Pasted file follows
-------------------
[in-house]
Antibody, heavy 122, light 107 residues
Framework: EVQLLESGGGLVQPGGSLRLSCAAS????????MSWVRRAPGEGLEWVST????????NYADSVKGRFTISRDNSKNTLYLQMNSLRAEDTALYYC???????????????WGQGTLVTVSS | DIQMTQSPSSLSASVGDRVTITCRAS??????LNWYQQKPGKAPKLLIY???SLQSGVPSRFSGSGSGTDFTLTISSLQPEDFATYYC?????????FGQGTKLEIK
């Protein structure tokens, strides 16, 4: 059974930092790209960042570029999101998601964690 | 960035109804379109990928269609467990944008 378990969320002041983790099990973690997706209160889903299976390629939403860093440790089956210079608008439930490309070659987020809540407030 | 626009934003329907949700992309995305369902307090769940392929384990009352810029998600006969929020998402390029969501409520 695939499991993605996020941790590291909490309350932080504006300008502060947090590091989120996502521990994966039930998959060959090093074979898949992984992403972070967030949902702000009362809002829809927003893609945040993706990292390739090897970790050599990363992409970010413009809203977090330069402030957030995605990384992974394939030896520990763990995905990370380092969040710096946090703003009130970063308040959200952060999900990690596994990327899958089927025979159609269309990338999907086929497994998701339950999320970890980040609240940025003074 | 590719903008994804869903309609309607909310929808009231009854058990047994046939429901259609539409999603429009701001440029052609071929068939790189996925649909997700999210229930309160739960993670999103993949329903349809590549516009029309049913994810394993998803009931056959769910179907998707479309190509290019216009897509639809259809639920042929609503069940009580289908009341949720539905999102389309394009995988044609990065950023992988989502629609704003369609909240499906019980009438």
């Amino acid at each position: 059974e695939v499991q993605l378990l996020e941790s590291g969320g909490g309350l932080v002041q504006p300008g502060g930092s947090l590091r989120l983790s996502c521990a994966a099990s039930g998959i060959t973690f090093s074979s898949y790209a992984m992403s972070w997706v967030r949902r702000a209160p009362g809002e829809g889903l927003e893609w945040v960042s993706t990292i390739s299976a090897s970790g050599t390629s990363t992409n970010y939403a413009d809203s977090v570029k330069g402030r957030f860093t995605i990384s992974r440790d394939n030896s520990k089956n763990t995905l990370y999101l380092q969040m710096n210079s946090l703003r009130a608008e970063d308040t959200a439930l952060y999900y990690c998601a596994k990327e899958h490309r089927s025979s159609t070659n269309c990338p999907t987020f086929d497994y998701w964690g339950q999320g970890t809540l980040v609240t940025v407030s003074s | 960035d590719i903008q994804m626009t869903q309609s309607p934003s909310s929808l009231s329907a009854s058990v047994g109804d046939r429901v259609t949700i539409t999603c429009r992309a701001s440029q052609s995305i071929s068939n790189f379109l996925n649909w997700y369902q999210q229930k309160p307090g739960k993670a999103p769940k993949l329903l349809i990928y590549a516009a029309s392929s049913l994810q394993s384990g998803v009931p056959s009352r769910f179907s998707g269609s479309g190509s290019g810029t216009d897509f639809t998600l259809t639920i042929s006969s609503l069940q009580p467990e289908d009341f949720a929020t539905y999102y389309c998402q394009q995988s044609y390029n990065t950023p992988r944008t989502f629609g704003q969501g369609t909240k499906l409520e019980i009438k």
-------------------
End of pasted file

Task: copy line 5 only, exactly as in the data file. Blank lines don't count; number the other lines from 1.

């Amino acid at each position: 059974e695939v499991q993605l378990l996020e941790s590291g969320g909490g309350l932080v002041q504006p300008g502060g930092s947090l590091r989120l983790s996502c521990a994966a099990s039930g998959i060959t973690f090093s074979s898949y790209a992984m992403s972070w997706v967030r949902r702000a209160p009362g809002e829809g889903l927003e893609w945040v960042s993706t990292i390739s299976a090897s970790g050599t390629s990363t992409n970010y939403a413009d809203s977090v570029k330069g402030r957030f860093t995605i990384s992974r440790d394939n030896s520990k089956n763990t995905l990370y999101l380092q969040m710096n210079s946090l703003r009130a608008e970063d308040t959200a439930l952060y999900y990690c998601a596994k990327e899958h490309r089927s025979s159609t070659n269309c990338p999907t987020f086929d497994y998701w964690g339950q999320g970890t809540l980040v609240t940025v407030s003074s | 960035d590719i903008q994804m626009t869903q309609s309607p934003s909310s929808l009231s329907a009854s058990v047994g109804d046939r429901v259609t949700i539409t999603c429009r992309a701001s440029q052609s995305i071929s068939n790189f379109l996925n649909w997700y369902q999210q229930k309160p307090g739960k993670a999103p769940k993949l329903l349809i990928y590549a516009a029309s392929s049913l994810q394993s384990g998803v009931p056959s009352r769910f179907s998707g269609s479309g190509s290019g810029t216009d897509f639809t998600l259809t639920i042929s006969s609503l069940q009580p467990e289908d009341f949720a929020t539905y999102y389309c998402q394009q995988s044609y390029n990065t950023p992988r944008t989502f629609g704003q969501g369609t909240k499906l409520e019980i009438k």